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Cleaner air could cut infant deaths in sub-Saharan Africa

Dar es Salaam, Tanzania. (Credit: Andrew Moore/Flickr)

Even modest improvements in air quality could lead to substantial reductions in infant mortality in developing countries, a new study shows.

Exposure to particulate matter in sub-Saharan Africa led to 400,000 otherwise preventable infant deaths in 2015.

“Many wealthy countries have recently used legislation to clean up their air,” says coauthor Marshall Burke, assistant professor of earth system science in the School of Earth, Energy & Environmental Sciences at Stanford University and coauthor of the study in Nature.

“We find that if countries in Africa could achieve reductions in particulate matter exposure similar to wealthy countries, the benefits to infant health could be larger than nearly all currently used health interventions, such as vaccinations or food and water supplements.”

“…we don’t yet know how big a threat poor air quality is relative to other common health risks like poor nutrition and infectious disease.”

Led by Sam Heft-Neal, a research scholar at Stanford’s Center on Food Security and the Environment, the research team combined 15 years of survey data on nearly 1 million births across sub-Saharan Africa with satellite-based measurements of particulate matter, an important contributor to poor air quality. The mixture of microscopic particles in the air can cause serious health effects when inhaled.

“We know that breathing dirty air is bad for your health,” says Heft-Neal. “But in developing countries in particular, we don’t yet know how big a threat poor air quality is relative to other common health risks like poor nutrition and infectious disease.”

Understanding the impact of poor air quality in developing countries has traditionally been difficult, as most do not have on-the-ground pollution monitors or vital registration data recording birth outcomes.

To overcome these constraints, the researchers compiled data from 65 household surveys across 30 sub-Saharan African countries spanning from 2001 to 2015. Using new satellite-based measures of ambient particulate matter, they then compared the particulate matter each infant was exposed to while in utero and after birth. From this, they could relate exposure to particulate matter with health outcomes.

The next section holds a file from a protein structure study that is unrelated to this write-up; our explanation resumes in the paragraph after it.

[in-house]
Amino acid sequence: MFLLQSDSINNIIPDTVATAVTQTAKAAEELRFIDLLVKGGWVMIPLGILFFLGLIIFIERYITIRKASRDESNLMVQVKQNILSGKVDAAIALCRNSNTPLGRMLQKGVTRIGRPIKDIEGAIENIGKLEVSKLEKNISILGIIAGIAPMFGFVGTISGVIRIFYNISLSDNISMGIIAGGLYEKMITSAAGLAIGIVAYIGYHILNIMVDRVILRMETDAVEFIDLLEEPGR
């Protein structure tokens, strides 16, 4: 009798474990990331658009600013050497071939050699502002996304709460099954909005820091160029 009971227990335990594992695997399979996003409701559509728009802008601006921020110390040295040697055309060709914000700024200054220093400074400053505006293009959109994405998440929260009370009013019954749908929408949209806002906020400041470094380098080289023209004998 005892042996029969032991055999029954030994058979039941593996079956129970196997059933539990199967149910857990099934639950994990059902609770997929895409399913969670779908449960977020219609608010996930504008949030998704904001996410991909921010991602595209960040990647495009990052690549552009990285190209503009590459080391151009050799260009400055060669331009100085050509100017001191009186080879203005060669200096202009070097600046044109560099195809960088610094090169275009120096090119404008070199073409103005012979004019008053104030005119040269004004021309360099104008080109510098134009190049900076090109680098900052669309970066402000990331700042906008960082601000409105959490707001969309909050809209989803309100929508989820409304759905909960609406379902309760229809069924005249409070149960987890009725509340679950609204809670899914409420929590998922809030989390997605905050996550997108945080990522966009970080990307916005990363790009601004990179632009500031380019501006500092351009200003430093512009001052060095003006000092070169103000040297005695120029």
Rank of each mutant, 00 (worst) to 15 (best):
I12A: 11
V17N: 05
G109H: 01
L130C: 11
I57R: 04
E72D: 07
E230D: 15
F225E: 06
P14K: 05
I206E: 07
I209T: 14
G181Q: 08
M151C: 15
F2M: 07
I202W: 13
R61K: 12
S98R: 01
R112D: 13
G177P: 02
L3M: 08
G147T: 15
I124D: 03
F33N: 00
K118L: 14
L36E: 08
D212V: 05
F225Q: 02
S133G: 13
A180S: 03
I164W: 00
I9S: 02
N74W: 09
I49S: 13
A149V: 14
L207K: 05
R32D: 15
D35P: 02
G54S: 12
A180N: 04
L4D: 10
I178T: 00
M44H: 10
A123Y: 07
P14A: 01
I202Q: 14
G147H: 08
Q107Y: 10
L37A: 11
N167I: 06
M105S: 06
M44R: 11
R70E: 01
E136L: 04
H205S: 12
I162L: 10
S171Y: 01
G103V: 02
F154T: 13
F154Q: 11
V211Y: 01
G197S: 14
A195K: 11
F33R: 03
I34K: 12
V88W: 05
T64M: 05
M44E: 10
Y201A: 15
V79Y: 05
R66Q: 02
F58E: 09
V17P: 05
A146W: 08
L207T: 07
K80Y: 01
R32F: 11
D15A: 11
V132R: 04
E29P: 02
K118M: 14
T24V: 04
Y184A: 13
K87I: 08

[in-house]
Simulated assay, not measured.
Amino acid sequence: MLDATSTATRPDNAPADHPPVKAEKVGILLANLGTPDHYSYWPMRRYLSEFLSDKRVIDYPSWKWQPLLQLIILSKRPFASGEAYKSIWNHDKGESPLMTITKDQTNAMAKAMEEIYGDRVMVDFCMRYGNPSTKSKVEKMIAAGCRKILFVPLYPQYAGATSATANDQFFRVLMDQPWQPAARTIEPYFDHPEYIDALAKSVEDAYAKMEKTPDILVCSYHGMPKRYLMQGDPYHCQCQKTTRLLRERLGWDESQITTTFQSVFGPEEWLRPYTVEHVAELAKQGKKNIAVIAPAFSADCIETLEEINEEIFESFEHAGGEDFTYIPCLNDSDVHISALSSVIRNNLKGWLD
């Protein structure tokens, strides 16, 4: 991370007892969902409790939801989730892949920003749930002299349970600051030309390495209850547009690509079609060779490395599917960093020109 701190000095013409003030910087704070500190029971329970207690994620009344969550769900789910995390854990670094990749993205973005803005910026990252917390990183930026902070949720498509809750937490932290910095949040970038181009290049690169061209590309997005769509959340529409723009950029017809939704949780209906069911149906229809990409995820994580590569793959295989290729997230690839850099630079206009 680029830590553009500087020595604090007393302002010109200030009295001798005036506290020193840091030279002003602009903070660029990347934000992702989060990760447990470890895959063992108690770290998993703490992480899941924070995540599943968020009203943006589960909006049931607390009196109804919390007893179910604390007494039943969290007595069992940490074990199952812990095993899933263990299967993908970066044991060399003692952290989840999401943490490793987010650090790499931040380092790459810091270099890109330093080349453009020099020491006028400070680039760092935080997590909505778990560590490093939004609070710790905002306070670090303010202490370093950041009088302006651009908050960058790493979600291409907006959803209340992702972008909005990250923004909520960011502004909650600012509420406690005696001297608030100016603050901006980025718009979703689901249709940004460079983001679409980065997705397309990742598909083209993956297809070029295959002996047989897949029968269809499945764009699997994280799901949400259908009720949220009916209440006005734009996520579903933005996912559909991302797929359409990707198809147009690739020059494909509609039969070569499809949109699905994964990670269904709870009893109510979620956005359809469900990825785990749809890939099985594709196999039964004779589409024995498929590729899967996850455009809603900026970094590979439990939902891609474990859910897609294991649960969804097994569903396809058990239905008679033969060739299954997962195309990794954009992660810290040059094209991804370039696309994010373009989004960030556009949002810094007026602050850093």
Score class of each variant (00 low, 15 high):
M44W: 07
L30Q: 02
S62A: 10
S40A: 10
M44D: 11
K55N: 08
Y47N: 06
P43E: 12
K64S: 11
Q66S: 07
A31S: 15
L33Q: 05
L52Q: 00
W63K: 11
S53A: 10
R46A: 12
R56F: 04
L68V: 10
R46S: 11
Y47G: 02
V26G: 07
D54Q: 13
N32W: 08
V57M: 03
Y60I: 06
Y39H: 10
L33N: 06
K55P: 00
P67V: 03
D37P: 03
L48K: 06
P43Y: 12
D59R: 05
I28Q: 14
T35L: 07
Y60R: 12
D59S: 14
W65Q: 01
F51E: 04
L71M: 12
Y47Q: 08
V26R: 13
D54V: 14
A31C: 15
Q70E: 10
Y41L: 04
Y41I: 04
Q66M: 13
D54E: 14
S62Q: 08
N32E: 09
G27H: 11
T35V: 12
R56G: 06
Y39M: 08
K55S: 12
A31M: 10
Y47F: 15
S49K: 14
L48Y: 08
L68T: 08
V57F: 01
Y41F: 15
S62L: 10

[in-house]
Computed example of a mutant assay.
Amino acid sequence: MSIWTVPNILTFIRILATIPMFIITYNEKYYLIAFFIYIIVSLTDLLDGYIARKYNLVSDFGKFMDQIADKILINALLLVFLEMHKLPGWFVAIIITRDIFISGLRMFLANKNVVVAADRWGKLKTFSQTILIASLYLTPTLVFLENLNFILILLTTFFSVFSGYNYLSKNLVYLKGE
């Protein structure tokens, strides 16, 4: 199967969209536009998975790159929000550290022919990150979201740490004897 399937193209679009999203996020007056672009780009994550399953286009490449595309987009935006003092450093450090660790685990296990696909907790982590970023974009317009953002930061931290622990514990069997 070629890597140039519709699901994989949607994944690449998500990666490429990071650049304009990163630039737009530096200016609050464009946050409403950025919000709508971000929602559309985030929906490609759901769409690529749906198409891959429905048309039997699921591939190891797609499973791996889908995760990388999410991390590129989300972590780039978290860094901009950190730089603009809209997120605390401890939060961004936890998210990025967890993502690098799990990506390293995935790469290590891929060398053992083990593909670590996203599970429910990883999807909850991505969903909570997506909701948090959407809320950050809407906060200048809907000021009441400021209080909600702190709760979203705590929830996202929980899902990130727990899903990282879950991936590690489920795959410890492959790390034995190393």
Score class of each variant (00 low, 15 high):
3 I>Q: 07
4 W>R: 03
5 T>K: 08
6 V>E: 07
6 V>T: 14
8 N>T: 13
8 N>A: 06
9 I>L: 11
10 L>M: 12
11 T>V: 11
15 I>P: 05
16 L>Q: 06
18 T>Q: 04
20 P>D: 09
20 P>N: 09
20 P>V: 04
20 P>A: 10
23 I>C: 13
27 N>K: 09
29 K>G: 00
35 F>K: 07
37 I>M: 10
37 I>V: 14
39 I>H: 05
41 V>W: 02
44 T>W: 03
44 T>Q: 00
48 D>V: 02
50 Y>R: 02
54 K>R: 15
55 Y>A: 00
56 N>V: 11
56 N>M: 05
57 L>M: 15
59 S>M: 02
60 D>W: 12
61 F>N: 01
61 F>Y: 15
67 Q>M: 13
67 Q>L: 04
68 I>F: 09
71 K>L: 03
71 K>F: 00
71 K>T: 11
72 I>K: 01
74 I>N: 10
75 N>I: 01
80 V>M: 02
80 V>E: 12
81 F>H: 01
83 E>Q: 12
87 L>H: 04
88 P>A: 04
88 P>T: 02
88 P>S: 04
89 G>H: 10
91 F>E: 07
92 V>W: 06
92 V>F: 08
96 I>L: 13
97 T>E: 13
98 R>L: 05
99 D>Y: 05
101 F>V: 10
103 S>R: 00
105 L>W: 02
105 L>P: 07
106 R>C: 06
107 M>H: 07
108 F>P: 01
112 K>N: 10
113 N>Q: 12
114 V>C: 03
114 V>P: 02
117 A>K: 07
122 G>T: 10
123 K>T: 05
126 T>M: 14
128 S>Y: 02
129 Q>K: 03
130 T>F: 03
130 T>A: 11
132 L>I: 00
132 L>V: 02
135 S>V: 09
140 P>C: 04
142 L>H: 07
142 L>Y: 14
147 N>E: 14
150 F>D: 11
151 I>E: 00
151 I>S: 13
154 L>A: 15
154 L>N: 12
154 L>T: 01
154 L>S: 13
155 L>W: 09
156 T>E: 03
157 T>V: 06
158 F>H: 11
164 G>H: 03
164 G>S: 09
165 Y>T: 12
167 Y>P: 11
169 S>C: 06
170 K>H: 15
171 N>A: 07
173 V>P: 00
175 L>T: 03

“The results were sobering,” Burke says. “We find that mortality rates are substantially higher for infants exposed to higher levels of particulate matter.”

The findings show that high particulate matter concentrations were responsible for 22 percent of infant deaths from 2001 to 2015. They also found that this number has not decreased over the past 15 years and remains unchanged even in wealthier households.

The group’s estimate of the effect of particulate matter exposure on mortality is about three times larger than existing estimates, suggesting poor air quality is an even bigger problem than currently believed.

The main explanation for these larger estimates, the authors say, is that exposure to particulate matter can lead to a range of negative health effects, including lower birth weight and impaired growth in the first year of life, beyond those typically considered in health analyses.

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One of the study’s most important implications is that relatively small decreases in particulate matter concentrations could result in major reductions in mortality.

The researchers conclude that finding cost-effective ways to reduce particulate matter exposure should be a research and policy priority.

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“We now have a better sense of the immense benefits of air quality improvements for infant health,” says Heft-Neal. “Next we need to establish how these improvements can be achieved.”

Additional coauthors are from Stanford and from the University of California, San Diego. The Stanford Environmental Venture Projects program and the National Science Foundation funded the work.

Source: Stanford University